The proposed wind farm, on Pisgah Mountain, was designed to include 4000-foot setbacks from homes, but the Beckfords say that their cabins and other buildings used for their business were improperly excluded as protected or occupied structures when the setback was applied.
The Beckford’s challenge is notable in that it is making a quality of life argument that audible turbine noise is an inappropriate addition to the local soundscape. The appeal rests on several permitting issues, including the outbuilding distance and other aspects of the town’s planning process, but their statements indicate that the turbine noise is the crucial issue for them. Their challenge is perhaps the strongest expression yet of the feeling by some rural residents that any noise intrusion is unacceptable; several more cautionary acousticians have recommended noise limits, at least at night, of 30-35dB, and setbacks of a mile to a mile and a half, in acknowledgement that any turbine noise readily audible above quiet rural background sound levels will trigger significant annoyance in some neighbors.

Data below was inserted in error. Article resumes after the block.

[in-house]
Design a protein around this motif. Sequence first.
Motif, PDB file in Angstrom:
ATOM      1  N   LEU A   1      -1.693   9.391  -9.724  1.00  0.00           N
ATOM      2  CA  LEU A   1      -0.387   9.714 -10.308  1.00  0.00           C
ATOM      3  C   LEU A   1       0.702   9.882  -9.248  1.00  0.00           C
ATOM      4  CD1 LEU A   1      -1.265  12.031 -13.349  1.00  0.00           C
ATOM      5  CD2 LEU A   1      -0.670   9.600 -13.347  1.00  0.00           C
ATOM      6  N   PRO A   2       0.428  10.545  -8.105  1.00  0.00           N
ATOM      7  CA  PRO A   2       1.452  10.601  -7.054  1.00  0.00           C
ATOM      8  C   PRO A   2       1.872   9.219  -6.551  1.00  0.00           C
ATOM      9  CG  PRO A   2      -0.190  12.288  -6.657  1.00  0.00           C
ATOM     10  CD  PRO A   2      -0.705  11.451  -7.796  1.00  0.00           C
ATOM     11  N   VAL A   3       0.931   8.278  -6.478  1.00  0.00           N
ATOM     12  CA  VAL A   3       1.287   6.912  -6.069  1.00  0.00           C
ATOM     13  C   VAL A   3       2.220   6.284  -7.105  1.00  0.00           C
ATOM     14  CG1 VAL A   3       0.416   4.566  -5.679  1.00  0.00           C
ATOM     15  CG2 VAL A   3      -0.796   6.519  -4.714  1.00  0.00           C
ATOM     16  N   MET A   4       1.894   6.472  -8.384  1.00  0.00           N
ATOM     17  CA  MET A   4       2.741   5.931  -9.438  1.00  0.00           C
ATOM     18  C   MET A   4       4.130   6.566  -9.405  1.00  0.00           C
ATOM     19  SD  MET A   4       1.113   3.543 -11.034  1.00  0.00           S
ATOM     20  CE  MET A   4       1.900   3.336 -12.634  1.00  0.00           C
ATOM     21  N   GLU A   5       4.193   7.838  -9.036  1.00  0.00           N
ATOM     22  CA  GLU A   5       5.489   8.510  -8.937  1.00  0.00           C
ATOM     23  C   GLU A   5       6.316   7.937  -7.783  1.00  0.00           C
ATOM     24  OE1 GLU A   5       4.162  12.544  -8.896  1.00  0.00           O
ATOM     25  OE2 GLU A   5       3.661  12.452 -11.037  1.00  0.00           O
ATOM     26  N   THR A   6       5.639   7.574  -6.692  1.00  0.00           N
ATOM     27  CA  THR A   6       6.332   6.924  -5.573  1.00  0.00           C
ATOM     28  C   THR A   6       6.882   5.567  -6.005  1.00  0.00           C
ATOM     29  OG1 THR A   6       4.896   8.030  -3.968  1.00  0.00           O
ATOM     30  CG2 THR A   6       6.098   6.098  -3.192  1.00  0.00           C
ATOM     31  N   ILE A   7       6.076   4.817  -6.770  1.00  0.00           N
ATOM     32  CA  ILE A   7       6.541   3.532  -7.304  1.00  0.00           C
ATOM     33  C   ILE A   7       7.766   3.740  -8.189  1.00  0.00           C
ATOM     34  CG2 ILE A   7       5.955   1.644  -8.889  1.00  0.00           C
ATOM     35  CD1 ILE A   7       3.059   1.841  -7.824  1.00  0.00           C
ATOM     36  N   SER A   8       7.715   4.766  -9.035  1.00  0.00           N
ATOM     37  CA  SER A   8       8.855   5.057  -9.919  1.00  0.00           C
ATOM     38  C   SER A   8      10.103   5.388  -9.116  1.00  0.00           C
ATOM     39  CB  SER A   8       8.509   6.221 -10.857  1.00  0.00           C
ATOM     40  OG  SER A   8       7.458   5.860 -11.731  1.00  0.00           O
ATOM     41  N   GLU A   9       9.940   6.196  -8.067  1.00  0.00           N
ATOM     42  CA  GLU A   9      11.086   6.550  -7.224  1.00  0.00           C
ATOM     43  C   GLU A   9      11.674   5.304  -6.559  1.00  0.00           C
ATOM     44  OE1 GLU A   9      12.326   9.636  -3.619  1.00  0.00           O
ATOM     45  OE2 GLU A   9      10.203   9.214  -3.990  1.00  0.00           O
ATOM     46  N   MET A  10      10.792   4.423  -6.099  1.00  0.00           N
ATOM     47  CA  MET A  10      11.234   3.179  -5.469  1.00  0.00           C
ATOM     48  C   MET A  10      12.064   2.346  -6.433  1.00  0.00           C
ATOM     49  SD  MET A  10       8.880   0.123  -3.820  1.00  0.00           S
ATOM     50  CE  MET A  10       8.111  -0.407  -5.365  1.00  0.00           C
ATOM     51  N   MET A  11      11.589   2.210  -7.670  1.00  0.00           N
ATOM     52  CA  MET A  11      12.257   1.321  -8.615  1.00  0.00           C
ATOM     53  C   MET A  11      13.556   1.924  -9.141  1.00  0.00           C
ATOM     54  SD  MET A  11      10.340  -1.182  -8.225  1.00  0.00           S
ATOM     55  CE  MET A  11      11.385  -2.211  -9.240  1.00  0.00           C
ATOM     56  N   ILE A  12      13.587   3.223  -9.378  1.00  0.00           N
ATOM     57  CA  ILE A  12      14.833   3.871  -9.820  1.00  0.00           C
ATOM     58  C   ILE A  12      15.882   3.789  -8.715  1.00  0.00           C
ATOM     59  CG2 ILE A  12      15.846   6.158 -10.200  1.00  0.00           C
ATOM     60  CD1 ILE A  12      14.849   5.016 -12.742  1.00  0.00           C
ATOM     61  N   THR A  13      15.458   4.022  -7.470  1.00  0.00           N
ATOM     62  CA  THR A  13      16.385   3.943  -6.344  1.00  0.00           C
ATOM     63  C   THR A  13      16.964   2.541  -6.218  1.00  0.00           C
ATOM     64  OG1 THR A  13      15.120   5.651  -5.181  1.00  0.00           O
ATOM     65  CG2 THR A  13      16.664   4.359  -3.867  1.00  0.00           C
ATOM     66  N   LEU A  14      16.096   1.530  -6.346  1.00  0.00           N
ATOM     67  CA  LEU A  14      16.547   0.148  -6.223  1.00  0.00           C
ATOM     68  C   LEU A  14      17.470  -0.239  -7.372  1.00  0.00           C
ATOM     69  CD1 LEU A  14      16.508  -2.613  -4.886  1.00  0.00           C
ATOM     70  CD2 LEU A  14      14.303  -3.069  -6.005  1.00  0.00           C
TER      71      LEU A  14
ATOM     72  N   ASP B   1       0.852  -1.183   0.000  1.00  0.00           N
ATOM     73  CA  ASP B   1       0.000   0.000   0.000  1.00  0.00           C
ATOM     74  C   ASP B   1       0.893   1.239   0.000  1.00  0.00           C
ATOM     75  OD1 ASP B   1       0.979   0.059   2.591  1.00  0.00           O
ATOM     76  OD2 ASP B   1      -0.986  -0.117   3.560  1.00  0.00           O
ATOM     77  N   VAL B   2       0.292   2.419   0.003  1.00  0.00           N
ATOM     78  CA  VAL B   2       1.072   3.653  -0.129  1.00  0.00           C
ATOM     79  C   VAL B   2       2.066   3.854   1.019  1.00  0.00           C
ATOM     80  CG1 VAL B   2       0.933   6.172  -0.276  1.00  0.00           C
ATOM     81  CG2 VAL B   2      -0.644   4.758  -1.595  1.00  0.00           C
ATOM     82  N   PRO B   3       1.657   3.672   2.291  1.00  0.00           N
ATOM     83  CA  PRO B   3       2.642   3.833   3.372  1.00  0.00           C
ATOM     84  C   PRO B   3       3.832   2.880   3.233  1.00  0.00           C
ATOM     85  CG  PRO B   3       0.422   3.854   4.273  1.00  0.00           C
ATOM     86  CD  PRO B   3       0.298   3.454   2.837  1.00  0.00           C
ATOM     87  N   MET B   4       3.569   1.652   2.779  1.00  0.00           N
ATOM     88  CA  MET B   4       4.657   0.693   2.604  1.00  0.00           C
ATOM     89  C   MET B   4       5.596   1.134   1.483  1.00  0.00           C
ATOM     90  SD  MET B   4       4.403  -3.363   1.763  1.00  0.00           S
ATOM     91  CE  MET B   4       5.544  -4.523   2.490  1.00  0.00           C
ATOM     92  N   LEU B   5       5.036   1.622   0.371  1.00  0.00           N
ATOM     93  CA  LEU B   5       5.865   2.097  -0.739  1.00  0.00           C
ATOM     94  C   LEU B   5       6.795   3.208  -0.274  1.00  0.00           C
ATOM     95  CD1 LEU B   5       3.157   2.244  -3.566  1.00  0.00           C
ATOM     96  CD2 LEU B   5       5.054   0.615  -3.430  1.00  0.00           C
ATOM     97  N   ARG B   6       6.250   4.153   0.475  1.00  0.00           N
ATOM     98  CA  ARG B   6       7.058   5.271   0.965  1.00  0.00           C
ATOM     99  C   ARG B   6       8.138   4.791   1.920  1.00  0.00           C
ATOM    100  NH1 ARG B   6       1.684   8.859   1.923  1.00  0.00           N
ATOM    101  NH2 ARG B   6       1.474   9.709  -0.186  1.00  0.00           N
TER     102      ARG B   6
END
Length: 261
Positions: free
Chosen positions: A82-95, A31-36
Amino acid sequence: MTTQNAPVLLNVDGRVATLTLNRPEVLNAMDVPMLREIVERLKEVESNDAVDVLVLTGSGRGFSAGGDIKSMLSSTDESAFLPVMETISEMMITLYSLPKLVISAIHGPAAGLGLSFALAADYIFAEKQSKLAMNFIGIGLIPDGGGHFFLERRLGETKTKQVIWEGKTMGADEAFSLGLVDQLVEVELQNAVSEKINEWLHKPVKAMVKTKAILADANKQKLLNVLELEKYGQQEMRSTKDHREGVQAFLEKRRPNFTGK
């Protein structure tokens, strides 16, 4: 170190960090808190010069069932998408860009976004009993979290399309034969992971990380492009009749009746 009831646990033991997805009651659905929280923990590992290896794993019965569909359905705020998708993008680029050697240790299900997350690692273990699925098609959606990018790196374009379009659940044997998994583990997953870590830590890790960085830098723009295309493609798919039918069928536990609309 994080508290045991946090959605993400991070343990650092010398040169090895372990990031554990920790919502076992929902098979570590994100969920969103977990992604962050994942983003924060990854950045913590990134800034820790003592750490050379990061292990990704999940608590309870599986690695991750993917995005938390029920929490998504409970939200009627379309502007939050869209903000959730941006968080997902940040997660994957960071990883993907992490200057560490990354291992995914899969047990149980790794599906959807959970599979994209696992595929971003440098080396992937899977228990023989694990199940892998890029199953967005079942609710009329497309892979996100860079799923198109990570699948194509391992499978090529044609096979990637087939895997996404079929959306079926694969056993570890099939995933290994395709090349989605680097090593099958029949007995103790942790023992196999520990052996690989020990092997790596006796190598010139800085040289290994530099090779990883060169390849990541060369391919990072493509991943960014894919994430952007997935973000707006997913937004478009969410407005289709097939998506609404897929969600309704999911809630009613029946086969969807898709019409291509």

Most previous challenges of wind farm approvals have attacked siting standards that placed turbines much closer than a half mile, or noise standards that could allow intrusive sound levels (15dB or more over ambient) at some or many homes. In saying that three-quarters of a mile is not far enough away, the Beckfords are standard-bearers for rural residents who want wind farms to be far enough away to be effectively inaudible. For people living deep in rural areas, it’s an understandable desire; some towns have have banned tall industrial turbines altogether, to assure local soundscapes will remain unblemished. Other towns, aiming to be somewhat more welcoming to wind projects, have set half-mile to 4000-foot setbacks in order to reduce the severity and frequency of noise intrusions. Time will tell whether new wind farms built with these larger setbacks will be more easily accepted by rural communities.
Nov 09 2011
A wind farm in South Australia has been shutting down 16 of its 34 turbines at night since last December, after a nearby neighbor complained of noise keeping his family awake at night. This week, the state Supreme Court affirmed that the wind farm was breaking its noise limit, due to a tonal noise component, and sent the issue to the Environmental Resources and Development Court for adjudication.